Extract from Report of Major-General Frank Wheaton,
Commanding ist Division, Sixth Corps. (Page 1029, Volume
42, Series 7. "Official Records, War of the Rebellion.")
In the Field, Dec. i/th, 1864.
One Regiment of this Division is now on detached ser
vice at Winchester, Va., and no recommendations for that Reg
iment have been forwarded by the commander of the brigade
to which it belongs, viz: the Thirty-seventh Mass. Vols.; and
I have the honor to make the following recommendation, as
the facts referred to are personally known to me: Lieut-Col.
George L. Montague commanding Thirty-seventh Mass. Vols.
to be Colonel by Brevet for distinguished gallantry in the battle
of Spottsylvania Court House, Va,, May J2th, J864, in which
battle he was severely wounded.
(Sd.) FRANK WHEATON,
Major General Commanding."
The Commission as Brevet Colonel was duly issued by
the War Department, signed by the President and Secretary
Battle Flags ol 37th Reg t Mass. Vol s, as preserved at the State House, Boston.
CIVIL WflR OF 1861-1865,
WITH A COMPREHENSIVE SKETCH OF THE DOINGS OF MASSACHUSETTS
AS A STATE, AND OF THE PRINCIPAL CAMPAIGNS
OF THE WAR.
BY JAMES L. BOWEN.
CLARK W. BRYAN & COMPANY, PUBLISHERS,
HOLYOKE, MASS., AND NEW YORK ClTY.
BY JAMES L. BOWEN.
CLARK w. BRYAN & Co., PRINTERS, HOLYOKE, MASS.
in BROADWAY, NEW YORK.
THOSE BRAVE MEN
WHOSE NAMES FORM OUR ,
ROLL OF HONOR
THIS RECORD OF THEIR SACRIFICE
AT DUTY S CALL
IS REVERENTLY DEDICATED
It is believed that no illustration \vhich could be presented as a
frontispiece would be more universally pleasing to members of the
Thirty-seventh regiment than a faithful portraiture of the colors
which for nearly three years they faithfully followed. The tattered
standards were therefore carefully taken from their resting place in
the State House, at Boston, photographed by E. F. Smith of that city
in several different positions, and from the most satisfactory pro
duction the accompanying picture was made.
The excellent view of " Camp Edwards," directly after its occu
pation by the regiment, before the later decorations were added, is
reproduced from the larger lithograph drawn by Hospital Steward
W. A. Champney. Both of the present lithographs are from the
establishment of Milton Bradley Company of Springfield.
TO THE READER.
The first attempt at a historical sketch of the Thirty-seventh
Massachusetts Regiment was a paper read by General Edwards at
the reunion in Springfield, September 19, 1871. While the docu
ment thus presented was necessarily little more than an epitome
of the service of the organization, it excited great interest and woke
the demand for a more complete and detailed production. The
following year, at the reunion at Pittsfield, September 24, the first
appointment of a historian was made, E. P. Bridgman being selected.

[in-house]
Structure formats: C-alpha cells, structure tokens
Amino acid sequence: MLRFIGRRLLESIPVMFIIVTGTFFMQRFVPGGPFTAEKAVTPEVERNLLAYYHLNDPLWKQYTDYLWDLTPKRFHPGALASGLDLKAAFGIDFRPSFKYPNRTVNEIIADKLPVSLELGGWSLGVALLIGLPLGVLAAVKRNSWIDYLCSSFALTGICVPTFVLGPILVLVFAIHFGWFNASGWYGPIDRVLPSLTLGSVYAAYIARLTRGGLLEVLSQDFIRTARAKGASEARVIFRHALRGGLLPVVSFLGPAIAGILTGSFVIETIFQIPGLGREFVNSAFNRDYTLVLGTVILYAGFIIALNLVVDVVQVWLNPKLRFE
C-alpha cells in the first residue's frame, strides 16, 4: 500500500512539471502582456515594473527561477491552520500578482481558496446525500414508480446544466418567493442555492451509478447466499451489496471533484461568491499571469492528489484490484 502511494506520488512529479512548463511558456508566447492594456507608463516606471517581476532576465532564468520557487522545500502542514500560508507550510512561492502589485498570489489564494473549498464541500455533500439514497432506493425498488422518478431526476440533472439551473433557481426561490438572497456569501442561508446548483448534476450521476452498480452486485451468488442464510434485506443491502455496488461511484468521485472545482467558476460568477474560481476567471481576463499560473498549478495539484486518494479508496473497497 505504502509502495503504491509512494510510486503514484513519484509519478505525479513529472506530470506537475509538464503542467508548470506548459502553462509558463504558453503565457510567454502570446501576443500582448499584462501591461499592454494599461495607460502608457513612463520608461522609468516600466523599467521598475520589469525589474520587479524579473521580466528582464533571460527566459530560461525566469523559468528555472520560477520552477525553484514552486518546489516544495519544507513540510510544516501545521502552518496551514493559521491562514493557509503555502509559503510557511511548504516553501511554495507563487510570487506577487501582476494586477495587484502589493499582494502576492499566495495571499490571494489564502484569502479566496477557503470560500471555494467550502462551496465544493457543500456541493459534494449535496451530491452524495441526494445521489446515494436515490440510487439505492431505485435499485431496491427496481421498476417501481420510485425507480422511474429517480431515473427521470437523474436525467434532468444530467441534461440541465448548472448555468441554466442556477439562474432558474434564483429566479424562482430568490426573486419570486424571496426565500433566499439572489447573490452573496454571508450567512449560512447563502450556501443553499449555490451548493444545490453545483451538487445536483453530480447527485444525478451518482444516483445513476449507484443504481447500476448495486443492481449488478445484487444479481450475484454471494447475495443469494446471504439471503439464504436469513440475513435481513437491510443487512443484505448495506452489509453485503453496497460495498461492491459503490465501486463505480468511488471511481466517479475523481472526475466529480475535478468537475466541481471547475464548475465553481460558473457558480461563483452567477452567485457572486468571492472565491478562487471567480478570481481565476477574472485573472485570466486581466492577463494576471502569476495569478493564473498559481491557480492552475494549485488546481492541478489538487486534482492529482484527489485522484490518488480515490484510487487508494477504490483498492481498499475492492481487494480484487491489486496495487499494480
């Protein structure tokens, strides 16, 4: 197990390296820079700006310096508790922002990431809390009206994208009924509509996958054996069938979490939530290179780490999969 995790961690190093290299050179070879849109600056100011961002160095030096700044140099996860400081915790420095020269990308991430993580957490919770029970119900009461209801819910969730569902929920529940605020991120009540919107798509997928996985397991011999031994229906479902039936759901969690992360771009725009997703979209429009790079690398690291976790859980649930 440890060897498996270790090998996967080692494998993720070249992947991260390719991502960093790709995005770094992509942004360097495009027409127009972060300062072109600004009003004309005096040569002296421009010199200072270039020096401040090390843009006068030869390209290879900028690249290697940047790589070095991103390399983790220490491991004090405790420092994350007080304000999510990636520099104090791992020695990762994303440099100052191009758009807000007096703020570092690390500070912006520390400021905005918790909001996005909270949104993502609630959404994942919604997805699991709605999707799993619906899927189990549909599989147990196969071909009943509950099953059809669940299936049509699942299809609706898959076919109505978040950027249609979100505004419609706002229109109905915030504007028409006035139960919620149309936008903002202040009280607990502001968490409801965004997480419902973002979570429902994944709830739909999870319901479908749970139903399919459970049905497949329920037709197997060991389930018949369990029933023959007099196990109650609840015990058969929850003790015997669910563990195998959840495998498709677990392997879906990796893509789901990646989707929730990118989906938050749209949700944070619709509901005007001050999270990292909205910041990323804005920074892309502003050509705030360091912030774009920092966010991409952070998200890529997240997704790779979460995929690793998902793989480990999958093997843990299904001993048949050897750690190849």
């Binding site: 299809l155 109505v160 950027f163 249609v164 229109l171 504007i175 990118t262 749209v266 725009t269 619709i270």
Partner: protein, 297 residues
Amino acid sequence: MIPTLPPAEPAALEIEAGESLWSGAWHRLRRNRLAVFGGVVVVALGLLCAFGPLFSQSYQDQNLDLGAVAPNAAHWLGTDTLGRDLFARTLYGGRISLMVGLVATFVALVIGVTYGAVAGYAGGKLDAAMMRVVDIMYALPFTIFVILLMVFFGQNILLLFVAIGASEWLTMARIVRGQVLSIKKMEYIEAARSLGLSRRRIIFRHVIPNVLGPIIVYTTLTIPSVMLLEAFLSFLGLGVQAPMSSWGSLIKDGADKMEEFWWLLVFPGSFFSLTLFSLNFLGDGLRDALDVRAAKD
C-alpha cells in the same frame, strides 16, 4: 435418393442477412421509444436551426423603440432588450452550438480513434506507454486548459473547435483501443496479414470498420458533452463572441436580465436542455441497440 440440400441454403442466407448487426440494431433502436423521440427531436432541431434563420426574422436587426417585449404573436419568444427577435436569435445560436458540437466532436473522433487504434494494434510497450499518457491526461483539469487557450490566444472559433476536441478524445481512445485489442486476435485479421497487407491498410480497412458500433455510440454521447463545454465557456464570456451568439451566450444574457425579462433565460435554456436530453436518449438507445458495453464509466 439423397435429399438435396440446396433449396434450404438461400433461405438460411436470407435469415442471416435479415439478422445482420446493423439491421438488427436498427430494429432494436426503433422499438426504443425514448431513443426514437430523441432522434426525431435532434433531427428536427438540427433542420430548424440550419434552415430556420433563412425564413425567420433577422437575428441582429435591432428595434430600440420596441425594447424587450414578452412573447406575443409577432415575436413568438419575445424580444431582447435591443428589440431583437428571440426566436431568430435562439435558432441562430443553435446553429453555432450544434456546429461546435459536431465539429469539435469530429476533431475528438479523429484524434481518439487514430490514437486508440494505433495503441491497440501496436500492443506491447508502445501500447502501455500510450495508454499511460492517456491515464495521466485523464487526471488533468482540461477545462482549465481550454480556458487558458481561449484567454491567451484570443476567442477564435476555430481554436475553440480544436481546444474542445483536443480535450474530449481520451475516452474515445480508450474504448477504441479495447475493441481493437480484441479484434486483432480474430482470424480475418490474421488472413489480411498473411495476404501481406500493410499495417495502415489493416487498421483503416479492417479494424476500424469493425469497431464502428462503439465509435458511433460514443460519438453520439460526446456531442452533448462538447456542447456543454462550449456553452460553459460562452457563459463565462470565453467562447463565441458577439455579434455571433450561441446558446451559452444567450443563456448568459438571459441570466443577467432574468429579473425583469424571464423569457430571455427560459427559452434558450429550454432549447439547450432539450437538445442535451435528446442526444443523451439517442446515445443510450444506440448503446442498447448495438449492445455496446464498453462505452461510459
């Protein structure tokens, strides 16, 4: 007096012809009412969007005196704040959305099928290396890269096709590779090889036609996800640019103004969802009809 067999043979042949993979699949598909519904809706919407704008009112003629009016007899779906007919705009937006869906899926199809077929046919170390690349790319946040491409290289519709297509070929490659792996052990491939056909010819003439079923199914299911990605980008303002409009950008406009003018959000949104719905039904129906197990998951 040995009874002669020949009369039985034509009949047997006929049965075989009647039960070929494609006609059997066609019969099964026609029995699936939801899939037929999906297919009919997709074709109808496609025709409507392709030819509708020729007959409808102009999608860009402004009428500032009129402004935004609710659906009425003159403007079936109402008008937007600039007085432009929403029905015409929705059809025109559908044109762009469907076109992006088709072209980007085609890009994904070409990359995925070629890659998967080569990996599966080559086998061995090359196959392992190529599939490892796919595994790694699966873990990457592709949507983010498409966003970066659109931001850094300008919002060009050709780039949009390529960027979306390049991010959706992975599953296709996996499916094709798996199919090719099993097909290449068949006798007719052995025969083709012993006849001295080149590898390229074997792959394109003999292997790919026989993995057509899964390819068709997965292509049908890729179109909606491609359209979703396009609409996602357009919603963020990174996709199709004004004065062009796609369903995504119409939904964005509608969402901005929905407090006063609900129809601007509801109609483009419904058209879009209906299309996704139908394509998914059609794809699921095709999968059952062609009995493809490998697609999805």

Two years later, at the Bernardston gathering of 1874, Colonel
Montague was appointed historian, and the following year the
office passed to Lieutenant S. E. Nichols, the following vote being
taken : " That Lieutenant Nichols be urgently requested to fill the
office of historian of the regiment. In case of his refusal so to do
the matter to be left in the hands of the Executive Committee."
At the Northampton reunion of September 8 and 9, 1876, " It
was voted that Comrade W. E. Lewis be appointed historian of the
Association, that he be authorized to employ any assistance he
deems necessary, and that this organization pledge itself to give
him all details in their possession of interest to the companies or
regiment, and that he shall have authority to draw upon the treas
urer through the secretary for such disbursements for this purpose
as in his judgment shall be deemed proper. Upon Comrade
Lewis s acceptance of this office a vote of thanks was tendered him
by the association."
At the Northampton reunion of 1877 Lieutenant Lewis was re-
elected historian, though no report was furnished regarding his
work. At the meeting of 1878 at Westfield a communication was
read from him stating that " the history would probably be ready
for publication by the next annual reunion," and he was again
elected to the position. The following year no definite action was
10 TO THE HEADER.
taken regarding the history, but the records show that a letter was
read from Comrade Lewis, containing, it wou^d seem, no specific
information. At the gathering of 1880 a letter was read from the
historian " expressing expectation that the history of the regiment
would be completed during the coming year." At the same time
" the committee on the history was newly constituted to consist of
the following members: W. E. Lewis, S. E. Nichols and William
Bliss." The record of the meeting of 1881 says: "It was voted
that General Oliver Edwards, Colonel George L. Montague, Cap